Carrie Fisher finished her illustrious film career playing the role that made her a global superstar. As General Leia – her regal rank of princess removed since The Force Awakens (2015) – Fisher brings a stately rigour and smart dignity to The Last Jedi. Writer-director Rian Johnson’s spectacular and hilarious entry in the space opera saga may focus on her son Kylo Ren (a brooding, vicious Adam Driver) and force trainee Rey (Daisy Ridley) but the film’s heart is all Leia.
The Last Jedi is a fitting and noble end to Fisher’s life in film, so the time is right to look at eight more remarkable final performances on the big screen.
Grace Kelly in High Society (1956)
Director Charles Walters
Grace Kelly’s last feature performance before she married Prince Rainier III to become Princess of Monaco seems to be setting her up for a life of endless privilege. Playing a socialite, Kelly has three men vying for her affections, with Frank Sinatra and Bing Crosby eager suitors alongside husband-to-be John Lund. Kelly lives up to her first name with elegance and charisma to spare, gamely getting stuck into the songs, glamour and refinement with consummate ease. Music written by Cole Porter, an appearance by Louis Armstrong and popping Technicolor give Kelly a suitably classy accompaniment to the conclusion of her Hollywood career.
Marilyn Monroe and Clark Gable in The Misfits (1961)
Director John Huston
In The Misfits, a newly divorced woman falls for an ageing cowboy and the two begin an unsteady relationship. There is drinking, dancing and horses. Reno and the Nevada desert form the setting, and the tone is wistful, elegiac. Neither Marilyn Monroe nor Clark Gable would make any further films.
It was an unhappy, chaotic set. Director John Huston constantly drank and gambled. The film’s screenwriter, Arthur Miller, was on set tweaking the script to the personalities of its actors while his marriage to Monroe was disintegrating. Gable, who insisted on performing some of his own dangerous stunts, had a heart attack two days after the shoot and died 10 days after that. Monroe was in and out of hospital and had difficulty learning her lines, as her alcohol and prescription drug dependency worsened. And yet Gable and Monroe elicit such feeling that The Misfits is nothing less than an anti-western classic. Regret and sadness are writ through every scene they appear in, with co-stars Montgomery Clift (who died five years later) and Eli Wallach offering solid support.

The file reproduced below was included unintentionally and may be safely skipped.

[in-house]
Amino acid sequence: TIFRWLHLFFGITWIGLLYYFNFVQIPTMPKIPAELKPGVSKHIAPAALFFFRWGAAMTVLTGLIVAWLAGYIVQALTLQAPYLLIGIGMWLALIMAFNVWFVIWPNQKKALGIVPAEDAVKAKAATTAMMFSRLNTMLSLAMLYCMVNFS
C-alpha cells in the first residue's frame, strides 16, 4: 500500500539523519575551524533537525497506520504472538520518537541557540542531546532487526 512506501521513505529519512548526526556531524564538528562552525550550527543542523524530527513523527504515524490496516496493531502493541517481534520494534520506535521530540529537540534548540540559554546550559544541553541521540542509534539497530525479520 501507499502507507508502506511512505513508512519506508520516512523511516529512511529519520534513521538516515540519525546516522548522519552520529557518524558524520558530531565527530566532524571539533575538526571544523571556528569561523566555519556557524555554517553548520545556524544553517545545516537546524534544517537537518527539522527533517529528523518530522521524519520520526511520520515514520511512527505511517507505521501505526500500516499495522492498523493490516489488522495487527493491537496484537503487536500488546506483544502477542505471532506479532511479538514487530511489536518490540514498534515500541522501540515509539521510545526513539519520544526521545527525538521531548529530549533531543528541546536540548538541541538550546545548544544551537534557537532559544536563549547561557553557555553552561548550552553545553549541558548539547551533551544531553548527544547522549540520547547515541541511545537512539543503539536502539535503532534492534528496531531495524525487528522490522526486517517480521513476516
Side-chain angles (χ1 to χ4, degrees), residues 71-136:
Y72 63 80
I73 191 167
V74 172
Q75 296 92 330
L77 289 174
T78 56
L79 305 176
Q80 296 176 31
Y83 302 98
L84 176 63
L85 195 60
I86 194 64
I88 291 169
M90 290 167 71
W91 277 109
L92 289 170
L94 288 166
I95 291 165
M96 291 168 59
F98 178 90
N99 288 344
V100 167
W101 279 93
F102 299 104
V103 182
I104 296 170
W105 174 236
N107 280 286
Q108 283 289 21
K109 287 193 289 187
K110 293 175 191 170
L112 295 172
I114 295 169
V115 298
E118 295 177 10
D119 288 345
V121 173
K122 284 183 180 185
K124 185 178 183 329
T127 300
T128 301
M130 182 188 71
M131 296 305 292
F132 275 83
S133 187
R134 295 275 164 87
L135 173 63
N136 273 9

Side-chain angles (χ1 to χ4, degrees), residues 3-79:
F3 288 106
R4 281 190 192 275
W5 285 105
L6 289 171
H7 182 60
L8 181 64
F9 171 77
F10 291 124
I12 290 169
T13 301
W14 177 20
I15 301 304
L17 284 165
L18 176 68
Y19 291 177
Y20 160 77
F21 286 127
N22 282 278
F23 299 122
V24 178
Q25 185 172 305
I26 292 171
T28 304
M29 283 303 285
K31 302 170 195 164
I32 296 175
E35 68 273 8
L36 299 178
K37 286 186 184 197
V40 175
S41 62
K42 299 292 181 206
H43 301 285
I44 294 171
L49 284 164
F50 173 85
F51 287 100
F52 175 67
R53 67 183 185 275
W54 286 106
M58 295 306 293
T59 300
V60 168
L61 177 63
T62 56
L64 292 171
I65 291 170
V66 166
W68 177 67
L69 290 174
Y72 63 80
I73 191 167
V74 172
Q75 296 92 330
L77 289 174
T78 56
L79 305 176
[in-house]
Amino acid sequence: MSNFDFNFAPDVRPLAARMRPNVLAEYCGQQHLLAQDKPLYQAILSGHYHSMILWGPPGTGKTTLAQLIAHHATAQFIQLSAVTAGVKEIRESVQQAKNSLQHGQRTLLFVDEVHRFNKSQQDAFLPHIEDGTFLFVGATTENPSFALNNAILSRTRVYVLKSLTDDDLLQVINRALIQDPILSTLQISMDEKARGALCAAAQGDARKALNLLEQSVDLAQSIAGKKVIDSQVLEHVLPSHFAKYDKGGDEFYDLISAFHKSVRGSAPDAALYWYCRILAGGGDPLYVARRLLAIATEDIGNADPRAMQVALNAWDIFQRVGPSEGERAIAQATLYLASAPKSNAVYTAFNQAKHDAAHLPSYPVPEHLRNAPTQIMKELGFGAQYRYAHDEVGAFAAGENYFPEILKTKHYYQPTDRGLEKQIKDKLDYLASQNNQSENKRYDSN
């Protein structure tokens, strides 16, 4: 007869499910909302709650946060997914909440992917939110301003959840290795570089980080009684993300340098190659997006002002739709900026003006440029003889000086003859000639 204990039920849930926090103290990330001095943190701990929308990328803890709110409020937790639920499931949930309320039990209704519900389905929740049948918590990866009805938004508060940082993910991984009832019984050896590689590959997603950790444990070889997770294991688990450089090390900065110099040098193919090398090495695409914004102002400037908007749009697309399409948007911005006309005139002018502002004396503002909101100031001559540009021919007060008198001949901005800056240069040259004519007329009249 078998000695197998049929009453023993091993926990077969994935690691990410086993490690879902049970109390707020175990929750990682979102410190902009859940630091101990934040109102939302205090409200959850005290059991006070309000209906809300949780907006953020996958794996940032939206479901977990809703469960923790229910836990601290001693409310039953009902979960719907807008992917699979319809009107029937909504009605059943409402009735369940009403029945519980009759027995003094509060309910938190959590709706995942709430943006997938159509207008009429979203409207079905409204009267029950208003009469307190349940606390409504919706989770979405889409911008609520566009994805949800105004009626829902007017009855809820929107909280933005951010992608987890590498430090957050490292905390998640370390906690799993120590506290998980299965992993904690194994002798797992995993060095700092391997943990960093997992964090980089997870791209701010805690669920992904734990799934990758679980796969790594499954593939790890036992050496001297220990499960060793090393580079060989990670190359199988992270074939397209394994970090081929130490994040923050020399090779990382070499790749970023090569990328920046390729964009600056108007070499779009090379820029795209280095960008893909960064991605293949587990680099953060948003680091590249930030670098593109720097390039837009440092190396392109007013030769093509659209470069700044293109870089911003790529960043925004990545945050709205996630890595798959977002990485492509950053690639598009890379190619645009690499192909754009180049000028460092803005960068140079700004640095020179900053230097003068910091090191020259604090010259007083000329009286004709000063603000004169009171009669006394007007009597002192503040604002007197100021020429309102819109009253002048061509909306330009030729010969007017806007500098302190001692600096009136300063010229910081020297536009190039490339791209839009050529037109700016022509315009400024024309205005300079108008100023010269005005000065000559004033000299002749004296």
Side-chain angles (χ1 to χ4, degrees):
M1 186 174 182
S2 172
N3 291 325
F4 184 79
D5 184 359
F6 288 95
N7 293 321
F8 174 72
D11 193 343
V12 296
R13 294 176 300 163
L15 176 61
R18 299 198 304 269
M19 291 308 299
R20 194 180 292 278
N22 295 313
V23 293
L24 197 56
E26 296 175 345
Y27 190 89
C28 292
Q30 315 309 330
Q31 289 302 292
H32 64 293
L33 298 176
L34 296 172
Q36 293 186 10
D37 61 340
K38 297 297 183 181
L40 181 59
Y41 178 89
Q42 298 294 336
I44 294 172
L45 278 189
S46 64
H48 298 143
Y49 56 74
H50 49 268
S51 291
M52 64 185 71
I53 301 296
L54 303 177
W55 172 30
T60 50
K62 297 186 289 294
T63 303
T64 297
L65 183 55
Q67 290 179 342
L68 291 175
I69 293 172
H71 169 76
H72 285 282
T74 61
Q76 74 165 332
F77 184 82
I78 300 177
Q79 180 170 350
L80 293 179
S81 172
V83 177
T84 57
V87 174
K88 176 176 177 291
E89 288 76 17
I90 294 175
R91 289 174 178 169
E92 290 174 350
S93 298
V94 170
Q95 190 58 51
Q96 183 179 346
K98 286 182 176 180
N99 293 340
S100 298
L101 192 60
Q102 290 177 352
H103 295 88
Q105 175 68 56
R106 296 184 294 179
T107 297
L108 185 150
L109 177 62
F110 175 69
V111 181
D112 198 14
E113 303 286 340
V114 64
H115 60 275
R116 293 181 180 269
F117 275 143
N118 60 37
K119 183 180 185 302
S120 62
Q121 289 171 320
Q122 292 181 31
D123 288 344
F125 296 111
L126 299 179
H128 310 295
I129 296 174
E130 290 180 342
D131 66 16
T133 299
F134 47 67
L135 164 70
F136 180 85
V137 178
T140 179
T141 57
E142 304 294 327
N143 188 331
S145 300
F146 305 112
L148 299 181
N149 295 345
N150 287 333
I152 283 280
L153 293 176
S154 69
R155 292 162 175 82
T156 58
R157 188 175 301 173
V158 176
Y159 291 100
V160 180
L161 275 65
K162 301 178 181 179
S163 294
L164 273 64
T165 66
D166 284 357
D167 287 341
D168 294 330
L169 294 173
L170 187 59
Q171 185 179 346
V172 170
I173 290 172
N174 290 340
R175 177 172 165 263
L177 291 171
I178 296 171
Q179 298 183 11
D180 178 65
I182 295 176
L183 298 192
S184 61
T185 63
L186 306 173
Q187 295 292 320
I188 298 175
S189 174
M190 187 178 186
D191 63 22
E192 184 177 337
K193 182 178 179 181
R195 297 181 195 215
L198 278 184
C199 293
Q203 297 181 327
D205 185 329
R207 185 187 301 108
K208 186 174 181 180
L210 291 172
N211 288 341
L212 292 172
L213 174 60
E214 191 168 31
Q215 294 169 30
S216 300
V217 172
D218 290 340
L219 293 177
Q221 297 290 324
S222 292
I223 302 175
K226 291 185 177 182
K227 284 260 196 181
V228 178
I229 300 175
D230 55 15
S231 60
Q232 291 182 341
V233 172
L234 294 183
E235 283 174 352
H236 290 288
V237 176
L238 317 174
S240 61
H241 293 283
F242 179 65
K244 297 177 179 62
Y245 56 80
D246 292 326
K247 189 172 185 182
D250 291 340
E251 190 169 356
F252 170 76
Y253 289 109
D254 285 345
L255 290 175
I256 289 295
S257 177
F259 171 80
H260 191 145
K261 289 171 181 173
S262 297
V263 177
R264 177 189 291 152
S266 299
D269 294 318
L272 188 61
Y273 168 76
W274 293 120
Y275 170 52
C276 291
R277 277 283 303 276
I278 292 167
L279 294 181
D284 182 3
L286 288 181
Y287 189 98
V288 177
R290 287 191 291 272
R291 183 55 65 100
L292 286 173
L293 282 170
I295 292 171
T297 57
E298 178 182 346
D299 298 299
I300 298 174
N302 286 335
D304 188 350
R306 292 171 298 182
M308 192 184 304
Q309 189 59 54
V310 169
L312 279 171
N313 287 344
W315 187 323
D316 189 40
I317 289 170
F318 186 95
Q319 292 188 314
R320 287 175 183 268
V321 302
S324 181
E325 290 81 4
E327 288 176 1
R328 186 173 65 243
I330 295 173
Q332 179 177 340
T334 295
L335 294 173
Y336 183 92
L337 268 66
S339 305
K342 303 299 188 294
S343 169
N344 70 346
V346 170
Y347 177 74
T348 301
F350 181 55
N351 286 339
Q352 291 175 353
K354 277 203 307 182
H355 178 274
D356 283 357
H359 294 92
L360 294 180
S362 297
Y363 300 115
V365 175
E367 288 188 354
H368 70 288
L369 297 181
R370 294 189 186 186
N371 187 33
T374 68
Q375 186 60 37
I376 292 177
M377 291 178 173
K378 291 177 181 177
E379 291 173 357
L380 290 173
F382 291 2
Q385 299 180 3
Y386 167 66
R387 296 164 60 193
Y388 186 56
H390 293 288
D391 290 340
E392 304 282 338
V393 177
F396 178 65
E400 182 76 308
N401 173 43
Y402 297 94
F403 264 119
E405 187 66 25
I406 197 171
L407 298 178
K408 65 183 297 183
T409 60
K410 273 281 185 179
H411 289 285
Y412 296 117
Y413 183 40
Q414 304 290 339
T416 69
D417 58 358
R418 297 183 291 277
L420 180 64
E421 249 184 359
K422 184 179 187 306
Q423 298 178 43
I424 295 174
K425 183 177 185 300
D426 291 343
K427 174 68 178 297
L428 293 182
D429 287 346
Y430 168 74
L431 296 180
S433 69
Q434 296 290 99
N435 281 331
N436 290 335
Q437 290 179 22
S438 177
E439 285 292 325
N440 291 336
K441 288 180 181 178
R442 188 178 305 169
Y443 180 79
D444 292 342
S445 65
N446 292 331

Bruce Lee in Enter the Dragon (1973)
Director Robert Clouse
Bruce Lee only appeared in a smattering of features before his sad death aged 32. Yet Lee’s global popularity has made his name synonymous with martial arts cinema forever. The Hong Kong hero’s final screen performance is also his greatest, as Lee investigates crime kingpin Han (Shih Kien) on the latter’s private island. Han’s bodyguard Oharra also needs dealing with – as the man responsible for Lee’s sister’s death, it’s clear he stepped to the wrong family.
The staggering strength, speed and balletic grace of Lee’s fight scenes are electrifying. Lee is also the pinnacle of charismatic intensity when he’s not beating down bad men. He says little, but with Lee a razor-sharp glance is enough. No wonder that look ended up on posters and T-shirts the world over.
Peter Finch in Network (1976)
Director Sidney Lumet